House to house and person to person, Missionaries of the Church of Jesus Christ of Latter-day Saints (LDS Church or Mormons) are making friends and helping out in many ways in Morrow County. You may see them at your door or helping with a project in your community.
The missionaries here this fall are Nathan Larson of Logan, Utah and Matthew Gunnarson of Ogden, Utah. They are here for six weeks before they go on to another area in Ohio.
Larson explained that LDS missionaries usually sign on for two year commitments. Men are usually 18 years old when they begin and women start at 19. They apply for the mission field, are interviewed and then attend a training center.
Both Larson and Gunnarson said that they “love helping people and making friendly connections” wherever they’re assigned. They said that Mount Gilead Mayor, Mike Porter and his wife Kim have been good friends to them and other LDS missionaries who have come to Morrow County. While here, they live in an apartment on Lee St.
Kim Porter said all the LDS missionaries are wonderful young men. They have helped with several community projects such as Habitat with Humanity, the Trinity Food Pantry and moving chairs for Bible School. They’ve also helped her with Christmas decorations and other chores and tasks in their home.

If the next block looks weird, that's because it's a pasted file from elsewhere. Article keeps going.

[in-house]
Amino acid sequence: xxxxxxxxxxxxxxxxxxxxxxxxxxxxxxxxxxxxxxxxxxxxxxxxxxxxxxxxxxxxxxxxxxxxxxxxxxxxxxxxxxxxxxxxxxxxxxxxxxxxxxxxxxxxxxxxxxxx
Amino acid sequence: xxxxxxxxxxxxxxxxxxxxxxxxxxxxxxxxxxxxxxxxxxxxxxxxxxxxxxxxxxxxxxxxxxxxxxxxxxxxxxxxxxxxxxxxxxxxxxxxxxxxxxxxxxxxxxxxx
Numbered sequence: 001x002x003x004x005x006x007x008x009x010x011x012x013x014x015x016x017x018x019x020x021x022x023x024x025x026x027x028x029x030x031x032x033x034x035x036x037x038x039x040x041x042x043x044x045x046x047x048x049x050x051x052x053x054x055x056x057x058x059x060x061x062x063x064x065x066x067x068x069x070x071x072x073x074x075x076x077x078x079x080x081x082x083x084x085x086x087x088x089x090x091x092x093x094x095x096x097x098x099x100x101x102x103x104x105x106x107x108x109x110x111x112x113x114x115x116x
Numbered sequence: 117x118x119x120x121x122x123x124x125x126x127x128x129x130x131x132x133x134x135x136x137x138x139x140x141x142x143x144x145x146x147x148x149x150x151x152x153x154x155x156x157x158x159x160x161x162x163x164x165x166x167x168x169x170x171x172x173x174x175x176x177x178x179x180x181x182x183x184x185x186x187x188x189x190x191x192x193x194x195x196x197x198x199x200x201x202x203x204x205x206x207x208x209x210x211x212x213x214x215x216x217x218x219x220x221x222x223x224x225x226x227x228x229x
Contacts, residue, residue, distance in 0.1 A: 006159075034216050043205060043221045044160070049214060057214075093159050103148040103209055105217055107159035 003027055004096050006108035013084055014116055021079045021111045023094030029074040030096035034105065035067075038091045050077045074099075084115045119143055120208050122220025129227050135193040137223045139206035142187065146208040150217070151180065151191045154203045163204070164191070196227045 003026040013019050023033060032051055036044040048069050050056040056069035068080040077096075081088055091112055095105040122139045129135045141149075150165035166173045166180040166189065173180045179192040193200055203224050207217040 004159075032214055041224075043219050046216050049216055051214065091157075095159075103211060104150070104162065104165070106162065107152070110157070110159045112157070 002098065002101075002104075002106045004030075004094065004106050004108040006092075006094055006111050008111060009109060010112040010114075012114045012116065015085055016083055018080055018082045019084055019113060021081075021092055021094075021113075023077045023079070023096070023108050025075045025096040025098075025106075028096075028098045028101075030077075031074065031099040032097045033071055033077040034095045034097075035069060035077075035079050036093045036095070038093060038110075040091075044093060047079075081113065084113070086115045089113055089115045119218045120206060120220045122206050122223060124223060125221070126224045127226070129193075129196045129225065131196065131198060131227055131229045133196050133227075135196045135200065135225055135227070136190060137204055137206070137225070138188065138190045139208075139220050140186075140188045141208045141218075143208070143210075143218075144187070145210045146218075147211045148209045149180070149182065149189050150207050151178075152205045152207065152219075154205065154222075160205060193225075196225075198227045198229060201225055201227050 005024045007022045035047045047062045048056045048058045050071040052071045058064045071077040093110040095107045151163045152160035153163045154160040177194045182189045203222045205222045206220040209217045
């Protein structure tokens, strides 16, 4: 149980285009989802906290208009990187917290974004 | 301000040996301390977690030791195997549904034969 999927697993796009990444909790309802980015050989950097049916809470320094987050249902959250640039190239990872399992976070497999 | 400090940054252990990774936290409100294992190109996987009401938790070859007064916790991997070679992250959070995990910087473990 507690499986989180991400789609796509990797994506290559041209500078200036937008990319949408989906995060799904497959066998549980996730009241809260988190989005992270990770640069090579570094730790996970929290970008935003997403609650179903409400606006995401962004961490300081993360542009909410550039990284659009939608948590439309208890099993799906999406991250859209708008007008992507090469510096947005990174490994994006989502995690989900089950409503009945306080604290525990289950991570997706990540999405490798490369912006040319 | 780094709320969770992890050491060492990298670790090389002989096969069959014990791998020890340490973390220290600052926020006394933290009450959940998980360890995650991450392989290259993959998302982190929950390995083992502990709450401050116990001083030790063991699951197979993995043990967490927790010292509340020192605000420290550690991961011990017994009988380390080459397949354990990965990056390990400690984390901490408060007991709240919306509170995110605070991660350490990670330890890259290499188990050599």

Larson said their day is very scheduled and begins with an hour of individual prayer and Bible study followed by an hour of praying and study together when they ask for guidance in the day ahead. Their life is very Spartan with no TV and calls to family are limited to once a week.
They have limited use of a car, ride bicycles in good weather and walk in neighborhoods where they can visit door-to-door. They attend worship on Sundays with the Marion LDS congregation.
Both Gunnarson and Larson were happy to talk about their faith and emphasized that their church follows the teachings of Jesus. They call the Book of Mormon “another testament of Jesus Christ and follow those teachings that advocate abstaining from alcohol, tobacco, illegal drugs and other unhealthful substances such as coffee and tea.
Gunnarson said they listen to people’s interests and problems when they go into people’s homes. They offer to help in any way they can and often pray with them or are asked to pray for people.
“We say ‘prayer goes two ways,” said Gunnarson. “It is communication with our heavenly father and him with us.”
“We look at people’s potential and try to help them reach a higher level and to be closer to Christ,” said Larson.
They talked about several LDS programs such as the 12 week program centered in coming closer to Christ for those who struggle with alcohol and other addictions. Familysearch.org is a free website where people can track their family ancestry. You can also go to Mormon.org to speak with the missionaries or call 740-403-6293.
Alberta Stojkovic is a correspondent with the Morrow County Sentinel and can be reached at email@example.com.